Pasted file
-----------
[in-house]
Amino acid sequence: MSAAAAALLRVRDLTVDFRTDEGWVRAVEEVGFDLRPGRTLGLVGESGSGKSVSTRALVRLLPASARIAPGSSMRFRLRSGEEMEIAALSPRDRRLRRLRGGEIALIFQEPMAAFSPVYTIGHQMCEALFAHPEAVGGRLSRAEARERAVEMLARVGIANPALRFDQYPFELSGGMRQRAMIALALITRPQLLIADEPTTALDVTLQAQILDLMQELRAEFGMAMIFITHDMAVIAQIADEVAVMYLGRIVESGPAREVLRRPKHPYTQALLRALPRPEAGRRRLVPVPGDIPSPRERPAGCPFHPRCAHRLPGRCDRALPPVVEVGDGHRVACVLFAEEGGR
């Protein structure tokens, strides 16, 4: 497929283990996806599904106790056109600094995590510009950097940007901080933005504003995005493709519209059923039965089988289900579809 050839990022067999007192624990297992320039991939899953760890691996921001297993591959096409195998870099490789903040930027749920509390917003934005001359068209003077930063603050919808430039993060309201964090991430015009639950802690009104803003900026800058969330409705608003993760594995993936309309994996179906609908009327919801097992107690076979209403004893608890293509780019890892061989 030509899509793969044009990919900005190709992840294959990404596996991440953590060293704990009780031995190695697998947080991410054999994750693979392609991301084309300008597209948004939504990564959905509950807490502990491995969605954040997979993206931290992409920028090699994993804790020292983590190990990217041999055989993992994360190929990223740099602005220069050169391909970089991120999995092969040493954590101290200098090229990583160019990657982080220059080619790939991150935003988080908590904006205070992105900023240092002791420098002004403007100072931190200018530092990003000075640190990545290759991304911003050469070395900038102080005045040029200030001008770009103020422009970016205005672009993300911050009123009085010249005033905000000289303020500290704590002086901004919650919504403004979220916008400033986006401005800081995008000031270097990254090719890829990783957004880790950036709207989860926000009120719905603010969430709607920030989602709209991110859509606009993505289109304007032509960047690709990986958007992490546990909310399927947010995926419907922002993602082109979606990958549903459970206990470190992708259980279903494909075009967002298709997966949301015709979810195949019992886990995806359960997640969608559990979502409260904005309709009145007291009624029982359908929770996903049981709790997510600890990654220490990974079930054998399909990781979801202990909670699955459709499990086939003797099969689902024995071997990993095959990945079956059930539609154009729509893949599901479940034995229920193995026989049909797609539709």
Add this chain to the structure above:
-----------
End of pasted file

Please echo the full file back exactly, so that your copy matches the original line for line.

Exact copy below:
[in-house]
Amino acid sequence: MSAAAAALLRVRDLTVDFRTDEGWVRAVEEVGFDLRPGRTLGLVGESGSGKSVSTRALVRLLPASARIAPGSSMRFRLRSGEEMEIAALSPRDRRLRRLRGGEIALIFQEPMAAFSPVYTIGHQMCEALFAHPEAVGGRLSRAEARERAVEMLARVGIANPALRFDQYPFELSGGMRQRAMIALALITRPQLLIADEPTTALDVTLQAQILDLMQELRAEFGMAMIFITHDMAVIAQIADEVAVMYLGRIVESGPAREVLRRPKHPYTQALLRALPRPEAGRRRLVPVPGDIPSPRERPAGCPFHPRCAHRLPGRCDRALPPVVEVGDGHRVACVLFAEEGGR
């Protein structure tokens, strides 16, 4: 497929283990996806599904106790056109600094995590510009950097940007901080933005504003995005493709519209059923039965089988289900579809 050839990022067999007192624990297992320039991939899953760890691996921001297993591959096409195998870099490789903040930027749920509390917003934005001359068209003077930063603050919808430039993060309201964090991430015009639950802690009104803003900026800058969330409705608003993760594995993936309309994996179906609908009327919801097992107690076979209403004893608890293509780019890892061989 030509899509793969044009990919900005190709992840294959990404596996991440953590060293704990009780031995190695697998947080991410054999994750693979392609991301084309300008597209948004939504990564959905509950807490502990491995969605954040997979993206931290992409920028090699994993804790020292983590190990990217041999055989993992994360190929990223740099602005220069050169391909970089991120999995092969040493954590101290200098090229990583160019990657982080220059080619790939991150935003988080908590904006205070992105900023240092002791420098002004403007100072931190200018530092990003000075640190990545290759991304911003050469070395900038102080005045040029200030001008770009103020422009970016205005672009993300911050009123009085010249005033905000000289303020500290704590002086901004919650919504403004979220916008400033986006401005800081995008000031270097990254090719890829990783957004880790950036709207989860926000009120719905603010969430709607920030989602709209991110859509606009993505289109304007032509960047690709990986958007992490546990909310399927947010995926419907922002993602082109979606990958549903459970206990470190992708259980279903494909075009967002298709997966949301015709979810195949019992886990995806359960997640969608559990979502409260904005309709009145007291009624029982359908929770996903049981709790997510600890990654220490990974079930054998399909990781979801202990909670699955459709499990086939003797099969689902024995071997990993095959990945079956059930539609154009729509893949599901479940034995229920193995026989049909797609539709």
Add this chain to the structure above: